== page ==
The Gilded Age lives on

Short Hop

Richmond: Newly renovated, the grand old Jefferson Hotel knows how to treat its guests well.

June 25, 2000|By Stephanie D. Fletcher | Stephanie D. Fletcher,Special to the Sun

The Palm Court lobby of the Jefferson Hotel in Richmond, Va., is a prime spot for people-watching. On a recent Saturday night, my husband and I planted ourselves on a love seat and watched the show.

First, a bride and groom in full wedding regalia swept by our settee. Ten minutes later, another resplendent pair of newlyweds walked past. They descended the marble steps of the Grand Staircase to a reception party amid a volley of camera flashes and a chorus of "oohs!"

Pretty girls in pastel prom dresses and handsome boys in tuxedos crossed the Palm Court from stretch limos to Lemaire, the Jefferson's five-star restaurant. And a contingent in town for a bar mitzvah headed out the front doors in a festive whirl.

It was easy to imagine similar galas from the hotel's illustrious past, when partygoers such as Scott and Zelda Fitzgerald, Charlie Chaplin, presidents, tycoons, socialites, diplomats, even Elvis Presley, made their way across the Jefferson's polished floors.

Southern belle Irene Langhorne and her fiance Charles Dana Gibson -- artist and creator of the Gibson Girl -- were among the first to party at the Jefferson when the hotel opened in 1895.

Since then, many grand occasions have taken place at this grand hotel.

The Plaza in New York, the Peabody in Memphis, the Fairmont in San Francisco, the Driscoll in Austin, and the Jefferson in Richmond -- all are members of an exclusive group, distinguished by noble architecture, exquisite interiors, impeccable service, exceptional amenities and fascinating histories.

Recently renovated

A white brick Beaux Arts masterpiece, the Jefferson has recently undergone a $4 million face lift. A new entry faces the corner of Adams and Franklin streets, an indoor pool and sunning terrace add comforts, and the hotel's award-winning restaurant now features a glass-enclosed Victorian-style conservatory.

The hotel entrance, moved from Main Street, now features a brick-paved plaza, fountain and overarching porte-cochere to protect guests from bad weather. A liveried valet handles parking and a uniformed doorman accompanies visitors to glass portals. Automatic doors swing inward into a reception area where staff members greet and direct guests.

The public areas of the hotel ooze opulence and glamour. The Palm Court lobby features fluted pillars, luxurious furnishings, a spectacular stained glass skylight and a complement of arched Tiffany windows.

The centerpiece of the space is an Edward Valentine sculpture of Thomas Jefferson. The life-size white marble statue stands on a pedestal in a pool of light. High tea is served under Jefferson's benevolent gaze Thursday through Sunday.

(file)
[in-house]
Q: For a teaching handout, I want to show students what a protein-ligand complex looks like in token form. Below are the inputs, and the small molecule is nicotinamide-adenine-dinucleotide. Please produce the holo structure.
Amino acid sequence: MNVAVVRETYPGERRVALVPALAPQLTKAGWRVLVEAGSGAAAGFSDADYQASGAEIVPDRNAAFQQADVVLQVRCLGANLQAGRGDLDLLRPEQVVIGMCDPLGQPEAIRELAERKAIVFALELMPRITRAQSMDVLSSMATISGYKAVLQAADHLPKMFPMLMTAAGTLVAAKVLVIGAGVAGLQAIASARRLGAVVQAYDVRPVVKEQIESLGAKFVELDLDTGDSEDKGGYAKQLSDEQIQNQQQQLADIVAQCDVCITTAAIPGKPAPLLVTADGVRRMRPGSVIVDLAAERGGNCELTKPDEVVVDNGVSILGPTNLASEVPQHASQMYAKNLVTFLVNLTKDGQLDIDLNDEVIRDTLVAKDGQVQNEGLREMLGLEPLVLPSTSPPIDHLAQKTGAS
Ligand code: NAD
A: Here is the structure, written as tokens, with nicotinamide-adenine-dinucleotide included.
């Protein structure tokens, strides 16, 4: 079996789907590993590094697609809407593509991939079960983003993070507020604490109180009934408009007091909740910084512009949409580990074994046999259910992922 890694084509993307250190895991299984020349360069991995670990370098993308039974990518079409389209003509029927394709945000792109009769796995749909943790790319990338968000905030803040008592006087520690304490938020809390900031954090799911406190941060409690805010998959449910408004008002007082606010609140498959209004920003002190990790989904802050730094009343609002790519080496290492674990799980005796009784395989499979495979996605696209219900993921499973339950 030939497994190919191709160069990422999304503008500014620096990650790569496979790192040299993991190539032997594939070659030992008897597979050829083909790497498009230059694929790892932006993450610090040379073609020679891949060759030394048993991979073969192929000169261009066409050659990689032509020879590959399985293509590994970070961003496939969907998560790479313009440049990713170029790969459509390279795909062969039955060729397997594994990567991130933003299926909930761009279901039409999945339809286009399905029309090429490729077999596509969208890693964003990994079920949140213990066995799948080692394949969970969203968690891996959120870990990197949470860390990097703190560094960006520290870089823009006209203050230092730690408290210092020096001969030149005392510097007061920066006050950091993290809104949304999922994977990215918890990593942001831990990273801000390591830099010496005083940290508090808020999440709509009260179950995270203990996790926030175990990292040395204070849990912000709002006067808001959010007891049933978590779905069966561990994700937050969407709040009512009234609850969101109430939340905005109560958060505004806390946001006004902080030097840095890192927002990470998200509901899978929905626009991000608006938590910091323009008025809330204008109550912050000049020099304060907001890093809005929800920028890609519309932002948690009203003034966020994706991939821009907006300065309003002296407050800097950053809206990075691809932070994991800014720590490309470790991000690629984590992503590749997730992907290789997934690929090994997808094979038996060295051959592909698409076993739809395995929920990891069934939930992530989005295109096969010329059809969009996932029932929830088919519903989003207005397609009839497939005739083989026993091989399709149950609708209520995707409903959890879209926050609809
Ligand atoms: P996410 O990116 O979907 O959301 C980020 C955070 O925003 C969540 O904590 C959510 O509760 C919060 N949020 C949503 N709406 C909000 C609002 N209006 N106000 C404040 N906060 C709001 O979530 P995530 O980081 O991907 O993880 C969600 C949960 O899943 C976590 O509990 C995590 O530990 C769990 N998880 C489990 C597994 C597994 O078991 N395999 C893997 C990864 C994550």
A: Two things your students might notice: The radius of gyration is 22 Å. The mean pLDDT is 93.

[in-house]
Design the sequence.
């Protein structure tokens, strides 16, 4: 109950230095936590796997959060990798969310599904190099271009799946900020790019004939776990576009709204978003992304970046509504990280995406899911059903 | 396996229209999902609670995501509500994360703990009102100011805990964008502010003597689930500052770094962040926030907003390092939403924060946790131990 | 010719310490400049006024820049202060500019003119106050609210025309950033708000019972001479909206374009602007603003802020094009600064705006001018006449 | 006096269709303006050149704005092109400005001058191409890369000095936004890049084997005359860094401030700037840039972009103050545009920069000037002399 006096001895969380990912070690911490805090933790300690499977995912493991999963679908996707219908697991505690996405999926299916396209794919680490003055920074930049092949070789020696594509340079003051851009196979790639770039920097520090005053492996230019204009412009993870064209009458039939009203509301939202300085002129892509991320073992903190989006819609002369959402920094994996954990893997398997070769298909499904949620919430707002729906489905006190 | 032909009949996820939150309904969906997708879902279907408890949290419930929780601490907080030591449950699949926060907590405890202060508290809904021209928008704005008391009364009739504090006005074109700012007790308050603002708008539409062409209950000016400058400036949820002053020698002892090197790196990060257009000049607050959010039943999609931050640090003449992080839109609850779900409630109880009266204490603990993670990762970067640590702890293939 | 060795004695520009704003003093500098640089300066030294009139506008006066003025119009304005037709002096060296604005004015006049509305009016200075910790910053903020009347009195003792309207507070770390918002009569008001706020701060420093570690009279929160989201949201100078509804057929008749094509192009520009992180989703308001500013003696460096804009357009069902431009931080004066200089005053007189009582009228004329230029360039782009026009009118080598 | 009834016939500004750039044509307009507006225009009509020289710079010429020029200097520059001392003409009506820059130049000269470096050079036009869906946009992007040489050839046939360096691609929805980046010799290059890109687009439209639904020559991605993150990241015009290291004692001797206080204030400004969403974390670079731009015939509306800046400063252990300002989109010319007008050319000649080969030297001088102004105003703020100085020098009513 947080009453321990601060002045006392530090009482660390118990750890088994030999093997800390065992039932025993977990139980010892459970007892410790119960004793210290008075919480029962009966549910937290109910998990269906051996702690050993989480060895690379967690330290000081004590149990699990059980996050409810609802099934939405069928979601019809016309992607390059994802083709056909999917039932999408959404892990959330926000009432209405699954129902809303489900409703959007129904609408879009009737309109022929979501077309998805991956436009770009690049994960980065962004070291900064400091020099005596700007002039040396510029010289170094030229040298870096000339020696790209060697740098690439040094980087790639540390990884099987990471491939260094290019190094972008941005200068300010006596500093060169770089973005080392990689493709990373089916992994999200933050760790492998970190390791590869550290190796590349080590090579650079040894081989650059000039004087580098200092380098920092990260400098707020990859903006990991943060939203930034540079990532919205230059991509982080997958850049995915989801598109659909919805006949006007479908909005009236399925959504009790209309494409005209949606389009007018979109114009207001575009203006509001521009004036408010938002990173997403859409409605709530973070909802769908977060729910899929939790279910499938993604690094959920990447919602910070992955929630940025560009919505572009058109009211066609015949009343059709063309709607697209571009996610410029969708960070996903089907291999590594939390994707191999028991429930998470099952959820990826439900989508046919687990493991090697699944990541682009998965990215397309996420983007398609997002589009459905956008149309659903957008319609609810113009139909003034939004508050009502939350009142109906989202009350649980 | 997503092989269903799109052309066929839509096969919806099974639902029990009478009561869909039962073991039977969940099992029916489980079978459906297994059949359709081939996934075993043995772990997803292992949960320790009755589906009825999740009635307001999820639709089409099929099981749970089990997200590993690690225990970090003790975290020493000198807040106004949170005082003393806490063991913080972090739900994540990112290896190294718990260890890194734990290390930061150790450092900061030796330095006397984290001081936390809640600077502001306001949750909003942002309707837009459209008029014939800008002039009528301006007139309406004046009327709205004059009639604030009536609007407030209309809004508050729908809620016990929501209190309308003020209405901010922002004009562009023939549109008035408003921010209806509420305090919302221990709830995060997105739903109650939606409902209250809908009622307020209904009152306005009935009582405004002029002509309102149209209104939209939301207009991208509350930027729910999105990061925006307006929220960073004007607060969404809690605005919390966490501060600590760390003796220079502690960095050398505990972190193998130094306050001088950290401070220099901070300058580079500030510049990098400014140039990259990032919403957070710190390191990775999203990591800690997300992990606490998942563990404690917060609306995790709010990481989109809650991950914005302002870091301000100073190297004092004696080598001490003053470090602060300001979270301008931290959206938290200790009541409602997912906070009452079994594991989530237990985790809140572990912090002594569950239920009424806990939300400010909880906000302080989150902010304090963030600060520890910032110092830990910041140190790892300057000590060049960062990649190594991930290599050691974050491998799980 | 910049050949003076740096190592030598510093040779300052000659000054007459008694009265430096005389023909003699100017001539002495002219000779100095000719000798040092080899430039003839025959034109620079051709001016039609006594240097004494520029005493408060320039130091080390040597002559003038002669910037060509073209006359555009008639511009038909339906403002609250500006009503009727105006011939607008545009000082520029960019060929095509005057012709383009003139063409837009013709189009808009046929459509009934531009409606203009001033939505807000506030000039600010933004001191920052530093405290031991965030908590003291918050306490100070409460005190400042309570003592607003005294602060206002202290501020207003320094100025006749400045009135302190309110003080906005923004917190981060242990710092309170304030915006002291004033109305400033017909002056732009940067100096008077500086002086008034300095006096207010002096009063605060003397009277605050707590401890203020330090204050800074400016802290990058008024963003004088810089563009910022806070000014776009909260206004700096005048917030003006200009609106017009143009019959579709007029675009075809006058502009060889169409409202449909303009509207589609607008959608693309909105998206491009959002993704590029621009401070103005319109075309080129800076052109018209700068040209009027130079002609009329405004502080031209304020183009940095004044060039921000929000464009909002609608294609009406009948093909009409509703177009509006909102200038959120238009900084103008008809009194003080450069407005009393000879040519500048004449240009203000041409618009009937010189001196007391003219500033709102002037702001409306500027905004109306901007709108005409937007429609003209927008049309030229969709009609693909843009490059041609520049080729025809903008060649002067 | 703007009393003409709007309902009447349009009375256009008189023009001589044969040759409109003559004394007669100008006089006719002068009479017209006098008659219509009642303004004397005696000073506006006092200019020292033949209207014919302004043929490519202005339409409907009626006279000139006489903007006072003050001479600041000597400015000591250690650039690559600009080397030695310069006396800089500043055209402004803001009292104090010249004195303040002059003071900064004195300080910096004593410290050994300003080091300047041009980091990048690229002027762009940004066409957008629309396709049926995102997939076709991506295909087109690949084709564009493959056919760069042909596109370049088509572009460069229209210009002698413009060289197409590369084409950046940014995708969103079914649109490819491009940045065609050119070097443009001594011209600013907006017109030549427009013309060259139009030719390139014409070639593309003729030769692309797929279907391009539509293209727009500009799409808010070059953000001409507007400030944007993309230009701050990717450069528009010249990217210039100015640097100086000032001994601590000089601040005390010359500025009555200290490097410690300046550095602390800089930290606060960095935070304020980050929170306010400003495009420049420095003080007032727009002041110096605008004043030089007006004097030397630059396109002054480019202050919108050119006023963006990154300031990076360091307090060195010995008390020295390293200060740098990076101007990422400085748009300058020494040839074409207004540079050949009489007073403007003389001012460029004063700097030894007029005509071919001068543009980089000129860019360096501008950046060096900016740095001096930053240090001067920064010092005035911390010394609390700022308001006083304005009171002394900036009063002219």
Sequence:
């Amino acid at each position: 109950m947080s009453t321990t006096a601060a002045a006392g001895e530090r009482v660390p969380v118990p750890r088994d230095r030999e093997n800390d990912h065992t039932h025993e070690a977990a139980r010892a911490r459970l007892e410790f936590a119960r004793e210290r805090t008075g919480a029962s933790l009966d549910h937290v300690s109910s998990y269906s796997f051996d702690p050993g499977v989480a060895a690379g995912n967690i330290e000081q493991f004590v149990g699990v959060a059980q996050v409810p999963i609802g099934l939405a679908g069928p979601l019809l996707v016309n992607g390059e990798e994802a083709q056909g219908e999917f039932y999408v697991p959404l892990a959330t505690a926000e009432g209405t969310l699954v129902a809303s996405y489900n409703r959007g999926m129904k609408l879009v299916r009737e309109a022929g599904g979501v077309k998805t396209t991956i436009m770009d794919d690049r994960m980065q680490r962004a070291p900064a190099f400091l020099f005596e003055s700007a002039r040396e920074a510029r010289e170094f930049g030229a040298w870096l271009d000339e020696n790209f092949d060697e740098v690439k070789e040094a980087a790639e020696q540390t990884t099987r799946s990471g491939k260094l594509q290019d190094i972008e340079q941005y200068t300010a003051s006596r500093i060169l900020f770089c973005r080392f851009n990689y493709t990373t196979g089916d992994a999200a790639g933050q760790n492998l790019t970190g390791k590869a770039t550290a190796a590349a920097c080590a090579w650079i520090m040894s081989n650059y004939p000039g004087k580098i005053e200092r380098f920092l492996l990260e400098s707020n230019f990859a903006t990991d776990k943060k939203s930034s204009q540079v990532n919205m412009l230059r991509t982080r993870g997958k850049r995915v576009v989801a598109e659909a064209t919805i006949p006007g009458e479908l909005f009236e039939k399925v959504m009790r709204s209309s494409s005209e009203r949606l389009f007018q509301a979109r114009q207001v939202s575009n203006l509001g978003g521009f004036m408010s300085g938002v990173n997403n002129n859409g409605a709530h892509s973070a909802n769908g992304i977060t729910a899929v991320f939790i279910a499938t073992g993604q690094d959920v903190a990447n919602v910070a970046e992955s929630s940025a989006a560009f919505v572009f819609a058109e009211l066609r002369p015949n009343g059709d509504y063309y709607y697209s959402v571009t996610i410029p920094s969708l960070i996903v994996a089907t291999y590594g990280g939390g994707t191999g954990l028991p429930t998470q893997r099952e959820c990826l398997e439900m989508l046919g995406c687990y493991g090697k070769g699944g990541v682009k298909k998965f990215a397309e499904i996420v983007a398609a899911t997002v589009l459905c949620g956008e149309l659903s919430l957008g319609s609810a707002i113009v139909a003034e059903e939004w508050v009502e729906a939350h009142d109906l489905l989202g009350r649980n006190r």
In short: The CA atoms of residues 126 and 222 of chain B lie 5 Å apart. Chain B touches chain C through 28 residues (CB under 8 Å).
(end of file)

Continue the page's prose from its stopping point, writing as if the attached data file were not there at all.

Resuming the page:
The Grand Staircase leads down from the Palm Court to the rotunda. The look is palatial -- a double tier of massive garland-swathed faux marble Corinthian columns supports a 70-foot ceiling encrusted with lavishly painted and gilded decorations and inset with a stained glass skylight.

Contrary to what its name implies, the rotunda is not round but rectangular. One corner contains a small museum where memorabilia, newspapers and photographs document the impressive 100-year history of the hotel. The rotunda furnishes a lavish setting for the hotel's famous Sunday champagne brunch.

The Jefferson's 274 guest quarters offer a variety of accommodations, from single rooms to the Presidential Suite.

My husband and I chose a double room that featured a refined color scheme of celery green, burnished gold and cranberry red and was tastefully furnished with mahogany -- a pencil-post bed, armoire, writing desk and marble-topped table.

A gilt-framed mirror, an Audubon bird print and a pair of botanical drawings accentuated the walls. In the marble was a basket of high-quality toiletries. White terry bathrobes and slippers were in the closet.

The health club at the Jefferson also rates a gold star. The basement complex offers two spaces for exercising -- one room stocked with cardiovascular equipment and a larger space dedicated to weight training. It's a plus that an attendant is on duty.

The facility also provides locker rooms, two massage rooms and a pantry area stocked with complementary bottled water and fresh fruit. In addition, Jefferson guests have privileges at the new YMCA across Franklin Street.

Dining options

If you are skeptical about hotel dining, Lemaire, the Jefferson's gourmet street-floor restaurant, will be a pleasant surprise.

Lemaire was named for Thomas Jefferson's White House maitre d'hotel, an accomplished chef who introduced the art of cooking with wine to America.

The restaurant offers eight gorgeously appointed intimate dining rooms, solicitous service and superb New Southern Cuisine.

My husband and I loved the cornmeal-crusted oysters on a bed of creamy grits, chilled vichyssoise and sauteed Virginia crab cakes served with fresh vegetables and saffron rice.

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